There is no typical Saturday here. It all depends on the weather, and whether all the things that should have been done during the week have been done. There was something that was on my mind today though. I'd popped in to Sew Amazing during the week to buy sewing essentials - pins, some tweezers and a little thingy to make threading an overlocker easier after an hour and a half of exasperation remedied, successfully, by making a threader from some 5 amp fuse wire I found in the cellar. Now, I like to go in to Sew Amazing. All those rows of haberdashery kit - needles and studs and tailors chalk. And Rob, the man himself, he who can caress sewing machines into action. We have conversations about them - missing screws, bastardised Berninas, the history of the Juki... and the family's new poodle puppy. Around about chucking out time at the local primary school, the shop fills up - Have you got any pink felt? Do you mend Brother machines? Can I pay for these needles? And while Rob is dealing with the hubbub, I take a look at the shelves of second hand sewing machines like I always do. And that's where I develop a crush on a little 60's model - all metal and wood and touches of chrome. The instruction booklet is pristine, all the feet tucked into the side drawer, a little plastic pouch for the embroidery cams. But the last thing I need is another sewing machine. I mean, that lovely little electric 1930s Singer that I saw in Herne Bay a couple of months back that smelt so evocatively of machine oil and lint, well, I managed to leave that behind didn't I? I've already got one, or two. So I admired the pictures of the pretty little poodle, said cheerio, and went home to make tea.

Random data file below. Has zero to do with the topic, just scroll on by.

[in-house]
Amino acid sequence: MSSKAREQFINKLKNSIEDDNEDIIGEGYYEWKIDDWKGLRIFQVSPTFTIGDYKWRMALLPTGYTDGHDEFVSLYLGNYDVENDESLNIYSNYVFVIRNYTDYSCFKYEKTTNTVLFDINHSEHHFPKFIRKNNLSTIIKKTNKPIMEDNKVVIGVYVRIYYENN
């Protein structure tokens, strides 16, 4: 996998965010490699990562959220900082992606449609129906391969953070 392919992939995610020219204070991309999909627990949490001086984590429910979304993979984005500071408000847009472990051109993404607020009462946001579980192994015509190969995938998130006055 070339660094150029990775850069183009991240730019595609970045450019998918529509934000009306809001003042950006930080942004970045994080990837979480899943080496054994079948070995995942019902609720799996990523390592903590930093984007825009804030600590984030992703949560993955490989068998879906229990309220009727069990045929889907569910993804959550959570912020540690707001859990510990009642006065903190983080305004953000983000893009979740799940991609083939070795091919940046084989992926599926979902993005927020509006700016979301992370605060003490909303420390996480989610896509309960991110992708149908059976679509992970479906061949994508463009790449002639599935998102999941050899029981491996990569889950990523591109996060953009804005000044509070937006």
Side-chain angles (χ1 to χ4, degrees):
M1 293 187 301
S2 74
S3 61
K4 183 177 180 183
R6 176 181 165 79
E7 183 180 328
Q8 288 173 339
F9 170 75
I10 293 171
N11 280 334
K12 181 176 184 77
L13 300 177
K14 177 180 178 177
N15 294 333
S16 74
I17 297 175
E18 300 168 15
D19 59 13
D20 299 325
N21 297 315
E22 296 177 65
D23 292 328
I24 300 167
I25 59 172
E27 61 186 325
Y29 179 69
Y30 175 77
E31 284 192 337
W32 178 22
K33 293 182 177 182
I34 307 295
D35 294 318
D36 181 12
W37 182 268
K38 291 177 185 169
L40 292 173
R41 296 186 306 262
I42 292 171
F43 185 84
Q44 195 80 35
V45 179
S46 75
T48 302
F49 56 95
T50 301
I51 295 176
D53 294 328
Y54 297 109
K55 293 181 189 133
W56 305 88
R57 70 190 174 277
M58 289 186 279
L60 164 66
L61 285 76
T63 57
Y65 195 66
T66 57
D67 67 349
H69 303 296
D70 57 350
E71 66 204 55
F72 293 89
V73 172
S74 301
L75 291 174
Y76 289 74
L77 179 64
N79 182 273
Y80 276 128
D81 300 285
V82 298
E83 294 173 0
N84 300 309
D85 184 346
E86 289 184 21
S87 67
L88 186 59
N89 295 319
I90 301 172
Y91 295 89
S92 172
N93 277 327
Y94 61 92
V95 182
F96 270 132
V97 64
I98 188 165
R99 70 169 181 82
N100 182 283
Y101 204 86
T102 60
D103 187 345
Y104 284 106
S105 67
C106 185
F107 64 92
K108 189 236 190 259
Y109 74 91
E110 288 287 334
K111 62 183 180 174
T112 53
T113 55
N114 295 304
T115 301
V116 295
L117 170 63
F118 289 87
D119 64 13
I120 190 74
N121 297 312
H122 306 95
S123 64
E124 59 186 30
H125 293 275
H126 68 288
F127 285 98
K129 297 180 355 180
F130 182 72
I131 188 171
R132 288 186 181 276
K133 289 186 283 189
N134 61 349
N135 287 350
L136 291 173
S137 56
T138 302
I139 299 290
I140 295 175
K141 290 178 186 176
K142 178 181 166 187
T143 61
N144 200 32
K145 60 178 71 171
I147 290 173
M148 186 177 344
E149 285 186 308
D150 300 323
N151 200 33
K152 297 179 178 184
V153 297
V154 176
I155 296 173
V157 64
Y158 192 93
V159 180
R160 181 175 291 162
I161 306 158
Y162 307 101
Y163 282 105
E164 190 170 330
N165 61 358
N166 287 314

Back to Saturday. Wind and rain promised. We need to go to get the potatoes from the allotment shed. But I've been thinking about that little machine so we go up to the market, but Rob's is shut. An hour or so later we are back again. This time I try out the machine with Rob urging me on -"Go on, sew over that denim and leather and treble layer of fabric, pretend you're jumping over the hurdles. Lovely machine, isn't it?" I'm sold, and so is the machine.
Saturday becomes a stay at home day for me, spent in the kitchen, quilting something that should have been tackled ages ago. The machine jumps the hurdles as easy as anything.
This Alfa, this Romeo to my Juliet (what?for goodness sake!) weighs a ton, everything else feels lighter, brighter. It could be love.